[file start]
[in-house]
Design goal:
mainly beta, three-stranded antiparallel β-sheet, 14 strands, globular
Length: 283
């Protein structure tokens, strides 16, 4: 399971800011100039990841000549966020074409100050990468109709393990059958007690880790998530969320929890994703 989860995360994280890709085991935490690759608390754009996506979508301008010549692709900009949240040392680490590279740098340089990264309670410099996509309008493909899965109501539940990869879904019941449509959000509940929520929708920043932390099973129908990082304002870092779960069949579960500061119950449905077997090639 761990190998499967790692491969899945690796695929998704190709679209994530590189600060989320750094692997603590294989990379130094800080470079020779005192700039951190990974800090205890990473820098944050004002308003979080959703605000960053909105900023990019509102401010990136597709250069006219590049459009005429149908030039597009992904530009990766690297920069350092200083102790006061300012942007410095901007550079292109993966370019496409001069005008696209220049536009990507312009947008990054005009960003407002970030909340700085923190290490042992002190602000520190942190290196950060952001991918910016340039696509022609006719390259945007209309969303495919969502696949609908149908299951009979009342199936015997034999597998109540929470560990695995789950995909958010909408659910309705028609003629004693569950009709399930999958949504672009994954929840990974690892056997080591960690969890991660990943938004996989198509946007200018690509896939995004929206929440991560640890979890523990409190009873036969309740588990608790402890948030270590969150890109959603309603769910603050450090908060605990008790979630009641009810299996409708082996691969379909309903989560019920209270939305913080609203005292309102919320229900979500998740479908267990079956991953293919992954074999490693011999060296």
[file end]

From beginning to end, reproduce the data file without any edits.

[in-house]
Design goal:
mainly beta, three-stranded antiparallel β-sheet, 14 strands, globular
Length: 283
């Protein structure tokens, strides 16, 4: 399971800011100039990841000549966020074409100050990468109709393990059958007690880790998530969320929890994703 989860995360994280890709085991935490690759608390754009996506979508301008010549692709900009949240040392680490590279740098340089990264309670410099996509309008493909899965109501539940990869879904019941449509959000509940929520929708920043932390099973129908990082304002870092779960069949579960500061119950449905077997090639 761990190998499967790692491969899945690796695929998704190709679209994530590189600060989320750094692997603590294989990379130094800080470079020779005192700039951190990974800090205890990473820098944050004002308003979080959703605000960053909105900023990019509102401010990136597709250069006219590049459009005429149908030039597009992904530009990766690297920069350092200083102790006061300012942007410095901007550079292109993966370019496409001069005008696209220049536009990507312009947008990054005009960003407002970030909340700085923190290490042992002190602000520190942190290196950060952001991918910016340039696509022609006719390259945007209309969303495919969502696949609908149908299951009979009342199936015997034999597998109540929470560990695995789950995909958010909408659910309705028609003629004693569950009709399930999958949504672009994954929840990974690892056997080591960690969890991660990943938004996989198509946007200018690509896939995004929206929440991560640890979890523990409190009873036969309740588990608790402890948030270590969150890109959603309603769910603050450090908060605990008790979630009641009810299996409708082996691969379909309903989560019920209270939305913080609203005292309102919320229900979500998740479908267990079956991953293919992954074999490693011999060296």